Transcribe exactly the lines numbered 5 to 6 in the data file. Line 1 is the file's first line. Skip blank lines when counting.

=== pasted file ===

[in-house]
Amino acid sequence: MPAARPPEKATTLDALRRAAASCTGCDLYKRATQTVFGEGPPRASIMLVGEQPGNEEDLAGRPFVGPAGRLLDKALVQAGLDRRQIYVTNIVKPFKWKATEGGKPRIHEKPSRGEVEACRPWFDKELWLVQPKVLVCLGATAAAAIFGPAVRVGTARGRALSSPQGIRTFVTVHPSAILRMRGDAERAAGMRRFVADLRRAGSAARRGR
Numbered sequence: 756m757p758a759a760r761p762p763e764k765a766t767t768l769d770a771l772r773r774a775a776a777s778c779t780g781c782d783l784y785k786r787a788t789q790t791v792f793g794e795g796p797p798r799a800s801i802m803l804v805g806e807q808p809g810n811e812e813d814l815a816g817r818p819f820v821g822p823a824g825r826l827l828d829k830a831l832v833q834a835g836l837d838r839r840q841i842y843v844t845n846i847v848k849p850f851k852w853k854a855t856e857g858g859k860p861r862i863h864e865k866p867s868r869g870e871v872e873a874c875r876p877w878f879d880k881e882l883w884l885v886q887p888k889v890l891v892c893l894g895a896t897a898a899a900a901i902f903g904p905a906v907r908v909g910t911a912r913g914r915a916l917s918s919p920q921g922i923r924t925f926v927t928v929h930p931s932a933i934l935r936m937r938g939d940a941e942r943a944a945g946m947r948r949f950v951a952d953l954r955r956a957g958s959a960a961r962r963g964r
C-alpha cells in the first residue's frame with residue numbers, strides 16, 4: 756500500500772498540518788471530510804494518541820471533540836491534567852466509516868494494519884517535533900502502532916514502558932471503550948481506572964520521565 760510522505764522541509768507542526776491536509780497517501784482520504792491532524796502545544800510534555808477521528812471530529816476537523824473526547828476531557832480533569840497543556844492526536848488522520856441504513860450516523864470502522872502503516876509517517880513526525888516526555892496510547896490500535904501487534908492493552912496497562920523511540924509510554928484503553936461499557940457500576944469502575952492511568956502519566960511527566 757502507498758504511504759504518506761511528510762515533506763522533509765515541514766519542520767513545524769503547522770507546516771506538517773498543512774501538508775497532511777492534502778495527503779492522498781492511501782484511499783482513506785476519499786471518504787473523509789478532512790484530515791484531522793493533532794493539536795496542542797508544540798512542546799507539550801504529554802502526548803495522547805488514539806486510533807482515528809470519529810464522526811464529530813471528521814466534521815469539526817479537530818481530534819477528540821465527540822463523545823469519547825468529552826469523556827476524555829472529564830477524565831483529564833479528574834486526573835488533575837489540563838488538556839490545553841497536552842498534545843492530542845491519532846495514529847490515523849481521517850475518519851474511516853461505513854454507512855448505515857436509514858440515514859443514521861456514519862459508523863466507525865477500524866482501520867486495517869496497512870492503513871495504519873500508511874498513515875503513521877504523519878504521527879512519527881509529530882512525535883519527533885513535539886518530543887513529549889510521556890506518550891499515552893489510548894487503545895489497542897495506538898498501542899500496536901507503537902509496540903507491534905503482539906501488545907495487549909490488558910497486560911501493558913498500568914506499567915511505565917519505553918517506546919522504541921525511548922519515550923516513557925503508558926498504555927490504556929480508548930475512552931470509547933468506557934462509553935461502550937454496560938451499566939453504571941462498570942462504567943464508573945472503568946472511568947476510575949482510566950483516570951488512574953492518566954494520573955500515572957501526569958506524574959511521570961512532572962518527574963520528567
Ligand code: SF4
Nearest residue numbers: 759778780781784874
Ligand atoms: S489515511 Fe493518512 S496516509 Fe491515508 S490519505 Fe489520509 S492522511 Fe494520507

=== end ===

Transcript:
Ligand code: SF4
Nearest residue numbers: 759778780781784874